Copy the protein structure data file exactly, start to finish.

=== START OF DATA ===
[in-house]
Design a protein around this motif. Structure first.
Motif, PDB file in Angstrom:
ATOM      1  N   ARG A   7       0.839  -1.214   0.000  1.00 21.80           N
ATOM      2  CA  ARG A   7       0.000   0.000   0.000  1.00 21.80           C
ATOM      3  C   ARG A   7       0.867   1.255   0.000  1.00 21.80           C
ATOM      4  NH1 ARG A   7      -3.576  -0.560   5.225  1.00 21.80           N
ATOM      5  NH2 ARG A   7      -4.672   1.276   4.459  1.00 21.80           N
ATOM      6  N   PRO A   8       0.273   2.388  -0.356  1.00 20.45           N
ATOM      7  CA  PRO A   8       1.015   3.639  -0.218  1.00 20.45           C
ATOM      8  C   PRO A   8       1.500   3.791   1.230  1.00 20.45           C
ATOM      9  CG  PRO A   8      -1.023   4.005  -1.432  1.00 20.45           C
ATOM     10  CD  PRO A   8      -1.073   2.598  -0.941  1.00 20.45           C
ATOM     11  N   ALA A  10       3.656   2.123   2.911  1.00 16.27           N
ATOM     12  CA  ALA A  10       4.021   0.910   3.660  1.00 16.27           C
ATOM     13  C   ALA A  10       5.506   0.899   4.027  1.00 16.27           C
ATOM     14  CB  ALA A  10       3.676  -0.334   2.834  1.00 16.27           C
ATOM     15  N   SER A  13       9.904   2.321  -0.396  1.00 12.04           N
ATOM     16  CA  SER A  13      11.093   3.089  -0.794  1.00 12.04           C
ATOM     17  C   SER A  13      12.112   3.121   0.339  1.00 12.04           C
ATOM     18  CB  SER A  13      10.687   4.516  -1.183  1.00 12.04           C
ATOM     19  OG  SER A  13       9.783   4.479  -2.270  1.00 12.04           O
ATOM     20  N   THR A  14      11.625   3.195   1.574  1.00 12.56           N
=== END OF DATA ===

[in-house]
Design a protein around this motif. Structure first.
Motif, PDB file in Angstrom:
ATOM      1  N   ARG A   7       0.839  -1.214   0.000  1.00 21.80           N
ATOM      2  CA  ARG A   7       0.000   0.000   0.000  1.00 21.80           C
ATOM      3  C   ARG A   7       0.867   1.255   0.000  1.00 21.80           C
ATOM      4  NH1 ARG A   7      -3.576  -0.560   5.225  1.00 21.80           N
ATOM      5  NH2 ARG A   7      -4.672   1.276   4.459  1.00 21.80           N
ATOM      6  N   PRO A   8       0.273   2.388  -0.356  1.00 20.45           N
ATOM      7  CA  PRO A   8       1.015   3.639  -0.218  1.00 20.45           C
ATOM      8  C   PRO A   8       1.500   3.791   1.230  1.00 20.45           C
ATOM      9  CG  PRO A   8      -1.023   4.005  -1.432  1.00 20.45           C
ATOM     10  CD  PRO A   8      -1.073   2.598  -0.941  1.00 20.45           C
ATOM     11  N   ALA A  10       3.656   2.123   2.911  1.00 16.27           N
ATOM     12  CA  ALA A  10       4.021   0.910   3.660  1.00 16.27           C
ATOM     13  C   ALA A  10       5.506   0.899   4.027  1.00 16.27           C
ATOM     14  CB  ALA A  10       3.676  -0.334   2.834  1.00 16.27           C
ATOM     15  N   SER A  13       9.904   2.321  -0.396  1.00 12.04           N
ATOM     16  CA  SER A  13      11.093   3.089  -0.794  1.00 12.04           C
ATOM     17  C   SER A  13      12.112   3.121   0.339  1.00 12.04           C
ATOM     18  CB  SER A  13      10.687   4.516  -1.183  1.00 12.04           C
ATOM     19  OG  SER A  13       9.783   4.479  -2.270  1.00 12.04           O
ATOM     20  N   THR A  14      11.625   3.195   1.574  1.00 12.56           N